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S.C. State alumnus asks court to stop vote

S.C. State alumnus asks court to stop vote

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S.C. State presidental candidates

The three finalists for the position of S.C. State president are, from left, Thomas J. Elzey, E. Newton Jackson and Leonard McIntyre.

A South Carolina State University alumnus has asked the state Supreme Court to stop trustees from selecting a new president today.

Board Vice Chairman Robert Waldrep, an attorney, doesn’t think the court will intervene.

“I think it would be extremely unlikely that the court would interfere with a political process unless they’re able to determine that there is some violation of a statute or some unassailable accusation of fraud,” he said.

University trustees are expected to gather at 9 a.m. today in the third floor board room of Lowman Hall and select a new president.

The finalists are Thomas J. Elzey, executive vice president for finance, administration and operations at The Citadel; Dr. E. Newton Jackson, associate provost and associate vice president for academic affairs at the University of North Florida and Dr. Leonard McIntyre, interim dean of the College of Education, Humanities and Social Sciences at S.C. State.

On Wednesday, alumnus Christopher W. Johnson filed a $6 million claim against the six members of the S.C. State board who voted to continue the presidential search, saying he is acting on behalf of students, taxpayers and the majority of alumni.

Johnson said the board has not served the students and university stakeholders, but is following its own agenda.

In his filing to the S.C. Supreme Court, Johnson wrote, “If there are Board of Trustee members who reconsider their position and vote to keep (interim President Dr. Cynthia) Warrick on as president of South Carolina State University, those members will be removed from this lawsuit because they are trying to serve the people which is what the Board was elected to do.”

He says if he wins the lawsuit, the money should go back to S.C. State.

The university’s attorney and several board members say they’ve heard nothing from the court, and they plan to move ahead with the vote as planned.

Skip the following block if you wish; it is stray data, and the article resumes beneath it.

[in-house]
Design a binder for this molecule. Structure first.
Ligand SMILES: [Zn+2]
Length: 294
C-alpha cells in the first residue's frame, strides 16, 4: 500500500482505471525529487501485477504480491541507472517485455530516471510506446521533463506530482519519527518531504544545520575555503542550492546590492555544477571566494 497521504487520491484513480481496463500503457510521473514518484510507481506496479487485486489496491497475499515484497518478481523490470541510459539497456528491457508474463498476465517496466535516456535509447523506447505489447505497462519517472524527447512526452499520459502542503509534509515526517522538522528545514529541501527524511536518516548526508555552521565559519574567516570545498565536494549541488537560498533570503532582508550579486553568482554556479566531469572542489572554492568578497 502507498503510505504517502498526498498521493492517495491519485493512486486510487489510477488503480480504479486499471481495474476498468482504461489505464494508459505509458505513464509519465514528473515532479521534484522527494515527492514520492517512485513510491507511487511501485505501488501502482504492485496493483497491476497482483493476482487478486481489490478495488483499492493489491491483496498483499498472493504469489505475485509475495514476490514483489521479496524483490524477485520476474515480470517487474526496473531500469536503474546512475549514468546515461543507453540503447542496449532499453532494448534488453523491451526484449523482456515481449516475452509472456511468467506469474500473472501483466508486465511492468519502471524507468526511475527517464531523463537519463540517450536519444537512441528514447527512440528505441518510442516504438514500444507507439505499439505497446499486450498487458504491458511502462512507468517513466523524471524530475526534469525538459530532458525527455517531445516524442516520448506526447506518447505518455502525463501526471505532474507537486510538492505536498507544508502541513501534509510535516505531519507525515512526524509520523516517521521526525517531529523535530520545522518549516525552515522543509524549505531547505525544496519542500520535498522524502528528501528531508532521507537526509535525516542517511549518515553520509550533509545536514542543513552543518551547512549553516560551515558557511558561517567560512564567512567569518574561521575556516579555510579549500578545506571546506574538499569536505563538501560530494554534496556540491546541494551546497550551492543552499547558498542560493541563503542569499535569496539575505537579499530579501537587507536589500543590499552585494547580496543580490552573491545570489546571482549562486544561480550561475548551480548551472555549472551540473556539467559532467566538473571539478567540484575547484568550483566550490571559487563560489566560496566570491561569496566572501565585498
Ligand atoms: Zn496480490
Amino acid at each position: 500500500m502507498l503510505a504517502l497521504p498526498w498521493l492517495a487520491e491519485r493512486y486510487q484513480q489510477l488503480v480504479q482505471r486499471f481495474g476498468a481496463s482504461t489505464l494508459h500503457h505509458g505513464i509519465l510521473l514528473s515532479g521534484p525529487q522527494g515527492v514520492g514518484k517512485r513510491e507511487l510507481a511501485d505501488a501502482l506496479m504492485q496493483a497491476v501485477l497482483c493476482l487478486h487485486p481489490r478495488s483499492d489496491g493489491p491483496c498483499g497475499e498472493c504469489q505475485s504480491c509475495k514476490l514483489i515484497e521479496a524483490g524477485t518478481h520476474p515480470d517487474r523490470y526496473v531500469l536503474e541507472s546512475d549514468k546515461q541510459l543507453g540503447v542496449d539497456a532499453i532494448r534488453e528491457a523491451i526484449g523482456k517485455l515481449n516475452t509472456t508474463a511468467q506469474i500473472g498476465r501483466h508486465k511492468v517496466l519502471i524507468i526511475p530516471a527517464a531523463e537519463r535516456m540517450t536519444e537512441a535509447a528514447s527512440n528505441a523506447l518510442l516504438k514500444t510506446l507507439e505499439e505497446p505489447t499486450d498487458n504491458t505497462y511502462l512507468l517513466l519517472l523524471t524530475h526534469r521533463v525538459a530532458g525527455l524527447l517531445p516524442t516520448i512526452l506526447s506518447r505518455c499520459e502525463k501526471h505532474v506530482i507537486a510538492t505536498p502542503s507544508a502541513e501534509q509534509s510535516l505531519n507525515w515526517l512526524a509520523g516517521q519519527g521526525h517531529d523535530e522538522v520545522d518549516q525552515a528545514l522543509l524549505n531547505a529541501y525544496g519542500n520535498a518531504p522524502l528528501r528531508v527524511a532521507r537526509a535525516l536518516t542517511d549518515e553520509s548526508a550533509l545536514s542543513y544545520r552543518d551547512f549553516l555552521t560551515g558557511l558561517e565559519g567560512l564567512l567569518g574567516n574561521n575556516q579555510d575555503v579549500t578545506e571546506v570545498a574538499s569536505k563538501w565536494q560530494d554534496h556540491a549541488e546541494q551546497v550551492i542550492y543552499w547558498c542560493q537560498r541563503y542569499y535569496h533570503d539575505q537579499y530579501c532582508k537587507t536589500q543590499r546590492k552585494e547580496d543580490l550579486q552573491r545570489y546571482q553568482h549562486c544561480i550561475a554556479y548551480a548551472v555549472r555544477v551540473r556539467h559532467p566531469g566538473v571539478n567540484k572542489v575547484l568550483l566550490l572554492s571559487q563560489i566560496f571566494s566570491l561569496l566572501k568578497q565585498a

Attorney Peters Wilborn said he had no comment on the case. However, he noted that the university has not been served with any papers.

Waldrep said he will follow through with the election.

“I would have to have a restraining order in my hand,” he said. “Then, of course, I would submit to the will of the justices.”

Board Chair Dr. Walter L. Tobin said, “Right now, the plans are to follow through with the vote.”

Tobin said he doesn’t have a comment about the lawsuit because “I don’t know anything about it.”

In March, the board split 6-5 on whether to hold off on the search and let Warrick continue acting as president. Tobin, Maurice Washington, Bob Waldrep, Dennis Nielsen, Jackie Epps and Gail Joyner-Fleming favored continuing the search while Dr. John Corbitt, Linda Edwards-Duncan, Patricia Lott, Anthony Grant and Robert Nance opposed it.

Several people, including members of the state’s Joint Legislative Screening Committee, have asked trustees to delay selecting a president at least until the General Assembly elects new board members. Some alumni and students have also expressed support for Warrick, who was not named a finalist in the presidential search.

The election of trustees to the S.C. State board, and other public colleges and universities, has been moved from May 7 to May 1. Legislators will choose six members from a slate of 15 candidates. Tobin, Washington, Epps and Edwards-Duncan are up for re-election.

Contact the writer: or 803-533-5529.


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